Psychology Disability Stereotypes: Mourning Normalcy

Psychology is littered with tropes that limit people with disability.  This is the first of a series of blogs that examine these stereotypes and offers useful alternatives.   

Mourning Normalcy

The most common stereotypes is “you must mourn your dreams of a normal future.” I was taught that expectant or new parents whose newborn is diagnosed with a disability will go through a period of grief for the normal, healthy child in order to accept their child properly.  The parents are likely freaking out because of the uncertainty of their child’s health and future and fear that they will not be properly supported.  That’s not grief. Preparing for a newborn is stressful enough.  Add a health risk and things get very stressful for a long time. 

As an adult, the psychologist wanted me to mourn my normalcy as part of adjusting to my new circumstances, aka disability. It sounds helpful at first until you realize, ‘You don’t think I will have a purposeful future because I’m disabled!’  It was a lesson in learning to see yourself as less.  After a few months of sessions, I was adjusted now, she asked, “Well, what do you think you want to do with your life next? You seem quite driven, how about advocacy work?”  In other words, you can volunteer for the MS Society if you need to keep busy.  I think that is about all you can handle.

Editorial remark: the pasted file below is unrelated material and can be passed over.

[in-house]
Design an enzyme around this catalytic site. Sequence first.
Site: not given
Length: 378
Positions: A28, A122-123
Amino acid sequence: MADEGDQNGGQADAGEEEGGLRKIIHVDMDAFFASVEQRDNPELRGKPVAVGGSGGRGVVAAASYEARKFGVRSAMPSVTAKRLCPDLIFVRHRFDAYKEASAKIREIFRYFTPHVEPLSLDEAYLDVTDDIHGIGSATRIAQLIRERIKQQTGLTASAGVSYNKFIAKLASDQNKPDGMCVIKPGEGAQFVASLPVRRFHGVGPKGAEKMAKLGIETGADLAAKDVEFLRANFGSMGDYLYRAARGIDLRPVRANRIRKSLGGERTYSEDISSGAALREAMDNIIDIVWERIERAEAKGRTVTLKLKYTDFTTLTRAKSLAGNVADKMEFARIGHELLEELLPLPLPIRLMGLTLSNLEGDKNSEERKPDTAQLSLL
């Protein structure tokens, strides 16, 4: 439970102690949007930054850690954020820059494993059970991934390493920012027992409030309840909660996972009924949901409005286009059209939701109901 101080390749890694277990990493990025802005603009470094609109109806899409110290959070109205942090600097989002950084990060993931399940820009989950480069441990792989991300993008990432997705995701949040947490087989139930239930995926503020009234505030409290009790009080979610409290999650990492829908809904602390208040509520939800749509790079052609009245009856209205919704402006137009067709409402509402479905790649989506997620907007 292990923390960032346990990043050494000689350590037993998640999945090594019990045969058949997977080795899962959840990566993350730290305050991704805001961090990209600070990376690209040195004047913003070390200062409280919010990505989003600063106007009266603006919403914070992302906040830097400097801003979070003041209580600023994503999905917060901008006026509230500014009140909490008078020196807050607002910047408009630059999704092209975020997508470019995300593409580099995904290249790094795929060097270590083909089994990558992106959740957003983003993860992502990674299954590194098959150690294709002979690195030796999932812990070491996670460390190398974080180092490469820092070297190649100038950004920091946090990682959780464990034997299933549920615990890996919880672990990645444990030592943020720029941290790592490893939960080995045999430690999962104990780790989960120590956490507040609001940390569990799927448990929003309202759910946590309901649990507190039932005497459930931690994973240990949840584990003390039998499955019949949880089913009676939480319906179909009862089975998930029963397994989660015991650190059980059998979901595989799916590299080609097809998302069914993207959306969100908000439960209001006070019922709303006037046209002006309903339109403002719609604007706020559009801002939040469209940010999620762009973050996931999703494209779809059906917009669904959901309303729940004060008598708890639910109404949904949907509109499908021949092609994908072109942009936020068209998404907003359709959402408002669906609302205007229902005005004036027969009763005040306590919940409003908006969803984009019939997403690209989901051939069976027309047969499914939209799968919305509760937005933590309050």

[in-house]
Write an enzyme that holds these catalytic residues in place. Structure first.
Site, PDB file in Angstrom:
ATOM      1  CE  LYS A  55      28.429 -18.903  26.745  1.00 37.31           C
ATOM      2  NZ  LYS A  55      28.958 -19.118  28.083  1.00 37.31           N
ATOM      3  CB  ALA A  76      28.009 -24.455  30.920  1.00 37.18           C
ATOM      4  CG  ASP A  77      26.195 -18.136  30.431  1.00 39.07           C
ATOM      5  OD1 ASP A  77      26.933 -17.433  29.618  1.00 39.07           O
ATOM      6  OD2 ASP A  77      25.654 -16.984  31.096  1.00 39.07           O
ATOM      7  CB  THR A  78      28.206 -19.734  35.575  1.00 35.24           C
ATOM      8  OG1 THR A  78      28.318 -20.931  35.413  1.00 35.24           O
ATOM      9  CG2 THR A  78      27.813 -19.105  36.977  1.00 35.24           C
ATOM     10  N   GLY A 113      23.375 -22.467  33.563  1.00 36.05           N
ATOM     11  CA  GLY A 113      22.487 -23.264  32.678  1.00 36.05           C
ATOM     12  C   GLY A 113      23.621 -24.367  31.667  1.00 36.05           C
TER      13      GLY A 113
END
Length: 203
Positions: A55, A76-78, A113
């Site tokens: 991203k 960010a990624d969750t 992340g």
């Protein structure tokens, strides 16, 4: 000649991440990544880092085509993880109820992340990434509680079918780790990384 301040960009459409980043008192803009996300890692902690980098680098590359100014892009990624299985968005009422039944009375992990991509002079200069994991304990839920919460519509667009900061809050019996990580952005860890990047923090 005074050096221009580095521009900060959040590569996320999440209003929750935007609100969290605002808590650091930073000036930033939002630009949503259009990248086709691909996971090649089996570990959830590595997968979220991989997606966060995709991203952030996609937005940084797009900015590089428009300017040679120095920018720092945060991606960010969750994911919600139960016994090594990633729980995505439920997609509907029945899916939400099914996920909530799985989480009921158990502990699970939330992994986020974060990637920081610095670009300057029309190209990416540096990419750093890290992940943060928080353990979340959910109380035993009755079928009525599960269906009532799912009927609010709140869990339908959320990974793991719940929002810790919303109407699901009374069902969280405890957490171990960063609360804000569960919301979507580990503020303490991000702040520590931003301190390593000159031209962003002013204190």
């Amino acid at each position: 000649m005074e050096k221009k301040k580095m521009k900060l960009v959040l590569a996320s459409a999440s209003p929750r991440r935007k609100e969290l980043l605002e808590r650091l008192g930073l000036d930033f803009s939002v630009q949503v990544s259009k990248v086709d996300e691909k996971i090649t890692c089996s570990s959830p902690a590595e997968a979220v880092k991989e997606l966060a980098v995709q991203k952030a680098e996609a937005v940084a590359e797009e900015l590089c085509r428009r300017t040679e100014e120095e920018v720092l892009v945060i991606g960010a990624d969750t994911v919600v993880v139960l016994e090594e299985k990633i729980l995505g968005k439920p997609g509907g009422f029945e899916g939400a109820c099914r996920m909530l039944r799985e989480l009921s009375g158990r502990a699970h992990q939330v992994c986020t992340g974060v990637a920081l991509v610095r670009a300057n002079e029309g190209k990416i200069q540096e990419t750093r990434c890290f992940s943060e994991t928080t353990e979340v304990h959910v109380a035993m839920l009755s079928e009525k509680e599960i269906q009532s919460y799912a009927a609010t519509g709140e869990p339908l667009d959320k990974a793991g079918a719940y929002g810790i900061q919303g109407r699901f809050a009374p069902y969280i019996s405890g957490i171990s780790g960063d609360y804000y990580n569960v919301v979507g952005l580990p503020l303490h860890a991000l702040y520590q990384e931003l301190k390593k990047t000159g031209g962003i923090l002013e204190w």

To be fair at the time, I could not write my name, walk without assistance, and the right side of my face was still a little droopy. I’m sure she was just trying to be helpful.  I was too concerned with trying to figure out how to run my new body and operate my newly speckled brain.  I thought we just said I wouldn’t have a future that mattered.  My education, intelligence, and experience were not enough to overcome my disability.  Now that we’ve mourned my normal future let me reach into my deflated bag of dreams and see what is left. Nothing, and I don’t want to volunteer at a place associated with the disease that just robbed me of my future. 

It took another year, out of therapy, to realize that I was different.  The world ignored the psychologist and the future continued to unfold.  I knew if I wanted a dream future, I would need to invent it since models that I could fit into did not exist.  Rather than doing aptitude tests, lists and multiple-choice questions I asked, what feelings do I want to experience from working.  I want to feel gratitude, competent, flexible, silly, excited, and calm.  I wanted to continue to speak in my first language, visual art.  Disability lead me to my career.